Irrid nara riforma għal rappreżentanza aħjar fil-Parlament Malti li li għandha twassal biex ikollna mekkaniżmu li tabilħaqq jilħaq l-għan tiegħu li jwassal biex aktar nisa jersqu ‘l quddiem u joffru s-servizzi tagħhom lill-kostitwenti tagħhom biex jirrapreżentawhom fil-Parlament 🇲🇹Id-diskors tiegħi fil-Parlament illejla.Posted by Bernard Grech on Tuesday, January 12, 2021
The main issue leading to a low number of women in Parliament is not voter preferences, but political parties fielding a small number of women candidates, Opposition Leader Bernard Grech said.
Grech was speaking during debate on a bill which would introduce a temporary mechanism which would seek to improve Parliament’s gender balance. The mechanism – which would expire after 20 years – would add up to 12 MPs of the under-represented sex so that it would account for 40% of MPs.
As Nationalist MP Hermann Schiavone had done in his own address, Grech noted that candidates of each gender were equally likely to be elected, but far more men than women contested.
Grech also highlighted a social issue – in Malta, many still felt that women were primarily responsible for the home and the family. He argued that if MPs become full-time, they would enjoy a better work-life balance, and more women would be encouraged to contest.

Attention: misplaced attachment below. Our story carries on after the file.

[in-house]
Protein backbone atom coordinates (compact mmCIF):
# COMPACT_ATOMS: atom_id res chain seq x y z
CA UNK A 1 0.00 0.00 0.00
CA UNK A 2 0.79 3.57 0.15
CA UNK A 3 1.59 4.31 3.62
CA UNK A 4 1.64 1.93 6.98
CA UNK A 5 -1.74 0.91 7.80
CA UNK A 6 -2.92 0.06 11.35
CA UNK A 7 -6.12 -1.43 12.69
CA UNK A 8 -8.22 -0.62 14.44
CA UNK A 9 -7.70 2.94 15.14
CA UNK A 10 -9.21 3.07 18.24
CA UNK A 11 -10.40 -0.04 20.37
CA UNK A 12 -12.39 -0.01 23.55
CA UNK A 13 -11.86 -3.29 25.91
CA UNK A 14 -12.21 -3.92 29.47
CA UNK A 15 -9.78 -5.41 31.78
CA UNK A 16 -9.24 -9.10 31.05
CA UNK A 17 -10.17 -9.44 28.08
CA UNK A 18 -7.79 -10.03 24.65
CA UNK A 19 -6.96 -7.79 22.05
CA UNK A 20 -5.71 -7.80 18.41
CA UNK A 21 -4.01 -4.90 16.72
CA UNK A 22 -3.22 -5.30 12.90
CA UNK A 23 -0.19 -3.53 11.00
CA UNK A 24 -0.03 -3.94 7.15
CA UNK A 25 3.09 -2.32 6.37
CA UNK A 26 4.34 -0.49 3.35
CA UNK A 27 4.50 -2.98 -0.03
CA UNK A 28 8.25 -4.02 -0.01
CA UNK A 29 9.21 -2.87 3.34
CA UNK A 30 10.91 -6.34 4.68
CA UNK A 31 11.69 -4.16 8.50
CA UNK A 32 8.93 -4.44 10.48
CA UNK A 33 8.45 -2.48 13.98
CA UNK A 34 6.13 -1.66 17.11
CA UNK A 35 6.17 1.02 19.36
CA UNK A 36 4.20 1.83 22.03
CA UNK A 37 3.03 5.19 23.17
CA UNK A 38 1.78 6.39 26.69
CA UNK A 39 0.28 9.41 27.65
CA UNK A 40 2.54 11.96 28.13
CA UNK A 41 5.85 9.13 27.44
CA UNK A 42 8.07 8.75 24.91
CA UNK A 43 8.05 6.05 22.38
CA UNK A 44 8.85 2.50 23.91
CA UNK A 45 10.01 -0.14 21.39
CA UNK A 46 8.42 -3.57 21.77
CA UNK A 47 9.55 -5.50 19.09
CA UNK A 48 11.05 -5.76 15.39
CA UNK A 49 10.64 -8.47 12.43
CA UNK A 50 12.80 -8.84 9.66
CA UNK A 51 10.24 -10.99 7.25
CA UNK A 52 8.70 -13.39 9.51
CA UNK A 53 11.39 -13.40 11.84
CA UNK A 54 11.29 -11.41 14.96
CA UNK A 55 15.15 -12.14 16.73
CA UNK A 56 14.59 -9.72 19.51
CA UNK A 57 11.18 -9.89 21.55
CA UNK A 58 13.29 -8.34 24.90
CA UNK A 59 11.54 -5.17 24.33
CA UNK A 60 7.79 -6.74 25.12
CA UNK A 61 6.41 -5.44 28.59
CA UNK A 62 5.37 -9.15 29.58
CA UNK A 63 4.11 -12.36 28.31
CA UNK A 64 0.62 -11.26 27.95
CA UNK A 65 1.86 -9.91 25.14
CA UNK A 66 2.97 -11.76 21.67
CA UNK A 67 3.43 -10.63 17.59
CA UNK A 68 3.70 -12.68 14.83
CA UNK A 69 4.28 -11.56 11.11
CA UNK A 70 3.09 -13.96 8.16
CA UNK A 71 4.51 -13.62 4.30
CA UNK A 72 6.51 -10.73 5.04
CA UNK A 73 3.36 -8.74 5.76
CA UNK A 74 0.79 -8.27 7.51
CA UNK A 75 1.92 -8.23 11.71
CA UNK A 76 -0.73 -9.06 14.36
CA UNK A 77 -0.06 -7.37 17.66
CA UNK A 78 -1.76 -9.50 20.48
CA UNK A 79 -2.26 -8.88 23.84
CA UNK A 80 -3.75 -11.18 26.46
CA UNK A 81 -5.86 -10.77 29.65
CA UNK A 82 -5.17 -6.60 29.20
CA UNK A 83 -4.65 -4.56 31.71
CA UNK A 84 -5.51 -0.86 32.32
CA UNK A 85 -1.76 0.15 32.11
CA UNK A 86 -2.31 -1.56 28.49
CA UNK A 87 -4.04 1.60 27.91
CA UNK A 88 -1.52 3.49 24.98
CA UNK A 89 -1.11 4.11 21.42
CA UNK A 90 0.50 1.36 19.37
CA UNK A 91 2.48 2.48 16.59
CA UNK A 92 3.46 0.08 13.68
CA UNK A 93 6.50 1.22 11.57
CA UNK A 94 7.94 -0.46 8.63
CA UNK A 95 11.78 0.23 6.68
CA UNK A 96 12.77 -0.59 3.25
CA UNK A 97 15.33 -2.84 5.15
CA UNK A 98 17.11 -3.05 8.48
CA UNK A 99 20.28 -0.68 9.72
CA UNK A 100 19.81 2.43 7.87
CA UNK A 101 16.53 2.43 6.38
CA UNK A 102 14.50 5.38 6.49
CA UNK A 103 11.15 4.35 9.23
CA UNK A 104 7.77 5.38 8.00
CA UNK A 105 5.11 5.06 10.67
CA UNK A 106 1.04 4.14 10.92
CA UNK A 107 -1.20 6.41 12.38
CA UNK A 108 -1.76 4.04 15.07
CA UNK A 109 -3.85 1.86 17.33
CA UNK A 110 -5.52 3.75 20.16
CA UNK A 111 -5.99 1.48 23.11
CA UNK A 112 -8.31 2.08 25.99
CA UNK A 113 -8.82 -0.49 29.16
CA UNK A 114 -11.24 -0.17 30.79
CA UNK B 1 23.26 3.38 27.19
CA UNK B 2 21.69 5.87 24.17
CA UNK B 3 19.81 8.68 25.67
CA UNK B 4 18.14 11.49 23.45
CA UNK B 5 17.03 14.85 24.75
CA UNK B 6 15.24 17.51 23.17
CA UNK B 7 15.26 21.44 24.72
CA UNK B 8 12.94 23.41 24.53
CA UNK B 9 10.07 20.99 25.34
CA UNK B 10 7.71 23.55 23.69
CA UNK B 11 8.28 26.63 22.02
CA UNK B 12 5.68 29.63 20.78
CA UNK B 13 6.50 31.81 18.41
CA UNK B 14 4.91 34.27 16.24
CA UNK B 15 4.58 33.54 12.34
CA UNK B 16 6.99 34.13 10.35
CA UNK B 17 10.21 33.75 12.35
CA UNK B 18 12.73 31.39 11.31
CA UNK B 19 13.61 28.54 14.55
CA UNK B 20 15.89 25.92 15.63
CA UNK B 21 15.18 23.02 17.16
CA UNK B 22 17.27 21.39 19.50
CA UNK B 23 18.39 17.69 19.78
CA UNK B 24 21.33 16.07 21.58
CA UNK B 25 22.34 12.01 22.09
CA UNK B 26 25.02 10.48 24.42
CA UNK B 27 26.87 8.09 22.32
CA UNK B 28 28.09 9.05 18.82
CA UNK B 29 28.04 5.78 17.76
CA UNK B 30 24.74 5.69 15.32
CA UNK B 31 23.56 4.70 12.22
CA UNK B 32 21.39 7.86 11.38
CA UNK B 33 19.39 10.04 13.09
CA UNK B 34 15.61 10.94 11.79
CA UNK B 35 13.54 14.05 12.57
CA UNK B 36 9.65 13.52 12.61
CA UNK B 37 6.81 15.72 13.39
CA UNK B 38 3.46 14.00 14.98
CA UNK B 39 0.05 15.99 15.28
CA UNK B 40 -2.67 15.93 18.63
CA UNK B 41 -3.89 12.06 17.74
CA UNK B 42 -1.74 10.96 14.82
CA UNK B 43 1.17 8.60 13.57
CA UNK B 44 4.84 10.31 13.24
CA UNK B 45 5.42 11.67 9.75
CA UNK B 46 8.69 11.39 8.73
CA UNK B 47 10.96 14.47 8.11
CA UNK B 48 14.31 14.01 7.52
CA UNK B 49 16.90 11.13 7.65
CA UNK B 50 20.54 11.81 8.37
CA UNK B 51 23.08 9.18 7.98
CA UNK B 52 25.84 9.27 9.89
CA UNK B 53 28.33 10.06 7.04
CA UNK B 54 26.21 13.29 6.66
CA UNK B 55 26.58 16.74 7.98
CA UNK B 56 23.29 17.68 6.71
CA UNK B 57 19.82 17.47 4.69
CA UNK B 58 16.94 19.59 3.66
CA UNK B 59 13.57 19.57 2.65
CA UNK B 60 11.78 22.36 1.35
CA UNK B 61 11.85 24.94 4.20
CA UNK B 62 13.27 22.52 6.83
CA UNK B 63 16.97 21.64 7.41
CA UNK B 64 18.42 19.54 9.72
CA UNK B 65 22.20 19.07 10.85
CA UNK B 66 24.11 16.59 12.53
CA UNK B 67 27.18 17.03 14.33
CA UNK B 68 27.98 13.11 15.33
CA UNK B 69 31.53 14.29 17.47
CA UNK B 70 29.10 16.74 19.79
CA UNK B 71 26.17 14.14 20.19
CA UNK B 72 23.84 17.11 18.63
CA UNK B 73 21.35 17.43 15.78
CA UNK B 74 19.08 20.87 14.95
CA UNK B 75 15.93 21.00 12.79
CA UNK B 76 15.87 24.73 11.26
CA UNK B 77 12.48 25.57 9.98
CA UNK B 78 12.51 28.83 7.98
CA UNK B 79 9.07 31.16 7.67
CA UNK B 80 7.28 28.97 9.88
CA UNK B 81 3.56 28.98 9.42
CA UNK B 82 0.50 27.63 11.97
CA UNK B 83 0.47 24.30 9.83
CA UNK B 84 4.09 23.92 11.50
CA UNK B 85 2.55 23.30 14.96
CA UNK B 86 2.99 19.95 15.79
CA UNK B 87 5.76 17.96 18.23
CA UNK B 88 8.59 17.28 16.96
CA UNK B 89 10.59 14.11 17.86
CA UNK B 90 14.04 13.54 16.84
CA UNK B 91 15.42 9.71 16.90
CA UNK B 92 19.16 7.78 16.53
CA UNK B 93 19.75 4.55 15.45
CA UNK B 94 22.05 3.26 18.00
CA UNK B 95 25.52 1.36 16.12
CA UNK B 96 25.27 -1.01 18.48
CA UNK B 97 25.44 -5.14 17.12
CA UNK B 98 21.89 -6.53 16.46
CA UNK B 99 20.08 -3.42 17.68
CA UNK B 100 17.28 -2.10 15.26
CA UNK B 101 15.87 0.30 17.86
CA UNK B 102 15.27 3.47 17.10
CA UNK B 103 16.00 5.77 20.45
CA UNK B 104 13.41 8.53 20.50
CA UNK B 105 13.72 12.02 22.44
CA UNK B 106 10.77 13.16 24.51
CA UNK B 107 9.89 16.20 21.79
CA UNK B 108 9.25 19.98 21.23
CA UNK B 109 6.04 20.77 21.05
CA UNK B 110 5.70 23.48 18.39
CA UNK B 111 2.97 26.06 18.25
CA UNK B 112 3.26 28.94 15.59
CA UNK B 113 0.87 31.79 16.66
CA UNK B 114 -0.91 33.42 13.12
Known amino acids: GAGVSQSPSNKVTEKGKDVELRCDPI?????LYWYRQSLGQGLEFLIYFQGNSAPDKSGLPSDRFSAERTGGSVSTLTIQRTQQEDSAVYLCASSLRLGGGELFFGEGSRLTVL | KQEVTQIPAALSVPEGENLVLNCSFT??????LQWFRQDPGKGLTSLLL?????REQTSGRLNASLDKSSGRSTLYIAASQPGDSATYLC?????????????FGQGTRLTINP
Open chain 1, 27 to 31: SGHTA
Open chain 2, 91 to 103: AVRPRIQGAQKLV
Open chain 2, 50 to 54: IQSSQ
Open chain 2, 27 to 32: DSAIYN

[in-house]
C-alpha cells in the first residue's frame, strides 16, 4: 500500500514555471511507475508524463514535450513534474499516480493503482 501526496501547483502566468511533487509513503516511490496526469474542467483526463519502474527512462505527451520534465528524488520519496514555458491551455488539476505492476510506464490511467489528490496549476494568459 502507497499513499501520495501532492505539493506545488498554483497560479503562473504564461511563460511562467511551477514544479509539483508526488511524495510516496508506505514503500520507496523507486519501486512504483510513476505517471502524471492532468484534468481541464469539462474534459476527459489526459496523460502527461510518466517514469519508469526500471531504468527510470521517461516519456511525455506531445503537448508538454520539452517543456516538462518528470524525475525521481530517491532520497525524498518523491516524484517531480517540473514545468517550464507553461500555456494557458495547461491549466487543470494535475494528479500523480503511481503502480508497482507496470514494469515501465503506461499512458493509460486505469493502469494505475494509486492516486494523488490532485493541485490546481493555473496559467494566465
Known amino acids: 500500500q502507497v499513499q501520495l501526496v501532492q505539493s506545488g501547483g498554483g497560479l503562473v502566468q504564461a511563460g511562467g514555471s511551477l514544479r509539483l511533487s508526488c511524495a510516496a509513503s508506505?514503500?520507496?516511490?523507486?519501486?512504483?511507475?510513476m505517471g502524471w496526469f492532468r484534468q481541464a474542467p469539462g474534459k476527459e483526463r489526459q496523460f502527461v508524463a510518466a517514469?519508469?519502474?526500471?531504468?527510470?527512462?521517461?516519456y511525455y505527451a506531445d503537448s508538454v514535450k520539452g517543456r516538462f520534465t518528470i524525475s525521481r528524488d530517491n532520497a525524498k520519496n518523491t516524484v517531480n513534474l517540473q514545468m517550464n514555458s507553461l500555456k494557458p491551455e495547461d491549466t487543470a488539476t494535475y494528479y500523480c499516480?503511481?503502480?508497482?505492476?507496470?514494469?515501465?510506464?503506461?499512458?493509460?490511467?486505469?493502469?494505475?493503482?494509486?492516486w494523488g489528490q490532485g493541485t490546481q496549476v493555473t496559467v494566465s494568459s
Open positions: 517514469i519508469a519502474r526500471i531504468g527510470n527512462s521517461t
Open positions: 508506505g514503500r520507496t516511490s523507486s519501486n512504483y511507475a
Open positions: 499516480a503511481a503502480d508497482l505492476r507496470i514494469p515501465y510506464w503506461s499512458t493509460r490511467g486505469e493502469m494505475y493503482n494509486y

The opposition is still planning to back the bill – which requires the approval of two-thirds of MPs as it amends the Constitution – though it will be presenting amendments. It is seeking to ensure that the MPs who make it to Parliament through the mechanism can immediately be appointed to Cabinet.
But while it supported the law, Grech suggested that the government was seeking – unsuccessfully – to pull the rug from under the Opposition’s feet.
The same tactic, he argued, was being employed in the proposal to amend Malta’s divorce laws to do away with the requirement to be separated for 4 years before filing for divorce: possibly in light of Grech’s role as an anti-divorce campaigner in the run-up to the 2011 referendum.
Grech, who has since changed his position, said that he hoped that the government would not waste an opportunity to amend divorce laws just to do away with the 4-year wait. He expressed his hope that the government would listen to the experts and people in the field: himself included, as a family lawyer with more than 25 years’ experience.